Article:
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How to create a local function during the code run

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Ivan Khomich
Ivan Khomich on 5 Jun 2020 at 12:30
Commented: Steven Lord on 5 Jun 2020 at 16:03
Hello, everyone!
I have a question about opportunity of creating local functions during the code run.
For example I have this code:
function diffprobe
x0=[1 1];
for i=1:2
a=strcat('@odeEvent', num2str(i));
str = str2func(a);
options(i)=odeset('Events', str, 'RelTol',1e-9,'AbsTol',1e-9);
[~,~,TE,XE,IE]=ode45(@System, [0 inf],x0, options(i));
end
function [value, isterminal, direction]=odeEvent1(~,x)
value=[x(1)];
isterminal=[1];
direction=0;
function [value, isterminal, direction]=odeEvent2(~,x)
value=[x(2)];
isterminal=[1];
direction=0;
function RPF=System(~,x)
RPF=[x(2);...
-x(2)-1];
It is work right, but i have an interest to somehow create local functions odeEvent1 and odeEvent2 during the cycle, because of I need to generalize the method on high order systems so the cycle might go not from 1 to 2, but from 1 to n, and obviously I don't want to rewrite the code every time, when I try the new system.

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Answers (1)

Ameer Hamza
Ameer Hamza on 5 Jun 2020 at 13:24
Dynamically creating a function name is not a recommended coding practice. Following shows how to do such a thing more efficiently
function diffprobe
x0=[1 1];
for i=1:2
options(i)=odeset('Events', @(t,x) odeEvent(t,x,i), 'RelTol',1e-9,'AbsTol',1e-9);
[~,~,TE,XE,IE]=ode45(@System, [0 inf],x0, options(i));
end
function [value, isterminal, direction]=odeEvent(~,x,i)
value=[x(i)];
isterminal=[1];
direction=0;
function RPF=System(~,x)
RPF=[x(2);...
-x(2)-1];

  3 Comments

Ivan Khomich
Ivan Khomich on 5 Jun 2020 at 13:33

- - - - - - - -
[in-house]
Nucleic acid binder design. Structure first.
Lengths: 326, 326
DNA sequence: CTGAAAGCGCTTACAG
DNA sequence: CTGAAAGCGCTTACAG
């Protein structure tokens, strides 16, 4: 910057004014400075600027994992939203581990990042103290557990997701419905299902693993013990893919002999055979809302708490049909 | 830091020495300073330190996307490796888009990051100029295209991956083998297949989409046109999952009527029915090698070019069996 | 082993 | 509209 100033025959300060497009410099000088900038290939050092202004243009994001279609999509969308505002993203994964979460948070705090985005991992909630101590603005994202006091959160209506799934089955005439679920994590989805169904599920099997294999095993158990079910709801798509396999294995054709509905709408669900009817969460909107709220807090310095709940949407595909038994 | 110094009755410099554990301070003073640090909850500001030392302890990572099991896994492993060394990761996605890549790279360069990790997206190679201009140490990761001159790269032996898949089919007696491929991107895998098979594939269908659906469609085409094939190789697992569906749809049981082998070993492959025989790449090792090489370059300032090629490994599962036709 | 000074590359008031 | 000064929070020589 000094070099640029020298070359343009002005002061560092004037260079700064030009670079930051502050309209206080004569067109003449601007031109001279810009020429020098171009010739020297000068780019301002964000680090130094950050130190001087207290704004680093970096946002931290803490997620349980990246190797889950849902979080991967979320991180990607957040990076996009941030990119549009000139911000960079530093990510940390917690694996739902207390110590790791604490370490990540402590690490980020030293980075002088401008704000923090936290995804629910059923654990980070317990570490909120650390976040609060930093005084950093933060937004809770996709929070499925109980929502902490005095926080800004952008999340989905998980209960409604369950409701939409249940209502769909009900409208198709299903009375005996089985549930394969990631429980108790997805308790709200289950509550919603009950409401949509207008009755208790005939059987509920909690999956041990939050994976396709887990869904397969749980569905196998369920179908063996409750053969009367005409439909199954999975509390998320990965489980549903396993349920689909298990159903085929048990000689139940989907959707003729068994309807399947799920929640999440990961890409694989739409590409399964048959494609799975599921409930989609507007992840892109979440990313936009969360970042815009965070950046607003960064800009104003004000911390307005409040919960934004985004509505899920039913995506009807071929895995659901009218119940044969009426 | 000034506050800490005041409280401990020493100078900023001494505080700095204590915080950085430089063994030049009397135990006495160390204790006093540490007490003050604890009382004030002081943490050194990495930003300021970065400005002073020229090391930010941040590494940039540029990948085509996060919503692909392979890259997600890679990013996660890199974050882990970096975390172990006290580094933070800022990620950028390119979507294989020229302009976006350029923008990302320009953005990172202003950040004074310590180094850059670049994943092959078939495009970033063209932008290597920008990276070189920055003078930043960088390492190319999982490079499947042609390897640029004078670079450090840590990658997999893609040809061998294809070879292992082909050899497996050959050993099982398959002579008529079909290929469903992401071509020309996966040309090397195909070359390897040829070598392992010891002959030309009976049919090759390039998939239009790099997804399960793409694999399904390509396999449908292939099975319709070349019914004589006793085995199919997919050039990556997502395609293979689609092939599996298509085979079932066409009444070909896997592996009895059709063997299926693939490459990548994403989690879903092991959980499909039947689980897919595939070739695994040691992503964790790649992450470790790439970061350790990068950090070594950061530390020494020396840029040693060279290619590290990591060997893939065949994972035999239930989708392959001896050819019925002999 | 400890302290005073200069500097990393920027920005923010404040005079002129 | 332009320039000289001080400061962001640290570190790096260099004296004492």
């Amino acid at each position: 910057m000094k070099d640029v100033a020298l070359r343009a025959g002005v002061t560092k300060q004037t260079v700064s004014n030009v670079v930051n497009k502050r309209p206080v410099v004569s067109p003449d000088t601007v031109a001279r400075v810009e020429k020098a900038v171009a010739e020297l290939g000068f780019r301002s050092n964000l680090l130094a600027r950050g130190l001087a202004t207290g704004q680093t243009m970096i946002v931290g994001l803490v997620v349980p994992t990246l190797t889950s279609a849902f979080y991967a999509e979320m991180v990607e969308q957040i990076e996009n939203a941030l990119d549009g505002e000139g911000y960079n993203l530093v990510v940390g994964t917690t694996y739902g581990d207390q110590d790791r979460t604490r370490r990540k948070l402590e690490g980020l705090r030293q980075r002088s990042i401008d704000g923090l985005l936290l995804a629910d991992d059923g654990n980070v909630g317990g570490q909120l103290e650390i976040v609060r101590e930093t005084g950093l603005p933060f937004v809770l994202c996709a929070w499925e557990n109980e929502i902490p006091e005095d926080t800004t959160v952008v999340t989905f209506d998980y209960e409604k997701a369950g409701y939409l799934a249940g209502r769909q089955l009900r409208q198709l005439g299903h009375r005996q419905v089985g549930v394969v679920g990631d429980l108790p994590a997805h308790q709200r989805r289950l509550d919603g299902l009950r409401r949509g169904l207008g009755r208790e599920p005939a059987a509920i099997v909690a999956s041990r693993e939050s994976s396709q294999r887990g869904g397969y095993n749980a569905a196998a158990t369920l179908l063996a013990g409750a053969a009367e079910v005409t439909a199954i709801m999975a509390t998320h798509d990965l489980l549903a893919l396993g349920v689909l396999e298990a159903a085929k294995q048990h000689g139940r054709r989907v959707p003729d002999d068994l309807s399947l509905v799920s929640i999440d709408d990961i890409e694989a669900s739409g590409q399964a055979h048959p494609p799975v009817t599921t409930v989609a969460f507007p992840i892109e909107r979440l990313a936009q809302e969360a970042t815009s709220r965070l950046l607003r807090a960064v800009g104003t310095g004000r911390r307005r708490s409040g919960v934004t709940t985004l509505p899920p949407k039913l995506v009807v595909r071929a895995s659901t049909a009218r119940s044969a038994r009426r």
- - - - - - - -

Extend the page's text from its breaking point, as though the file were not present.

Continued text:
O, very thanks.
It turned out to be very easy, but when I tried this myself I use this notation:
options(i)=odeset('Events', @(t,x,i) odeEvent, 'RelTol',1e-9,'AbsTol',1e-9);
and got the errors.
So, it turns out that @(a,b,...z) is the variables that go the solver, and odeEvent(t,x,i) - is the variables that go to the function odeEvent, right?
Ameer Hamza
Ameer Hamza on 5 Jun 2020 at 13:41
Yes, @(t,x) is the requirement of the solver(), whereas odeEvent(t,x,i) shows how you pass the solver variables to your odeEvent functions. You can read the documentation related to anonymous functions to see in detail what is happening here.
Steven Lord
Steven Lord on 5 Jun 2020 at 16:03
What Ivan Khomich wrote:
options(i)=odeset('Events', @(t,x,i) odeEvent, 'RelTol',1e-9,'AbsTol',1e-9);
ode45 will call the anonymous function stored in the Events option with two inputs (that is what it is documented to do) and so the variable named i will be undefined. The anonymous function will call odeEvent with zero inputs.
What Ameer Hamza wrote:
options(i)=odeset('Events', @(t,x) odeEvent(t,x,i), 'RelTol',1e-9,'AbsTol',1e-9);
ode45 will call the anonymous function stored in the Events option with two inputs. The anonymous function will call odeEvent with three inputs, the two passed into it by ode45 and one the anonymous function "remembered" because that variable existed when the anonymous function was created.

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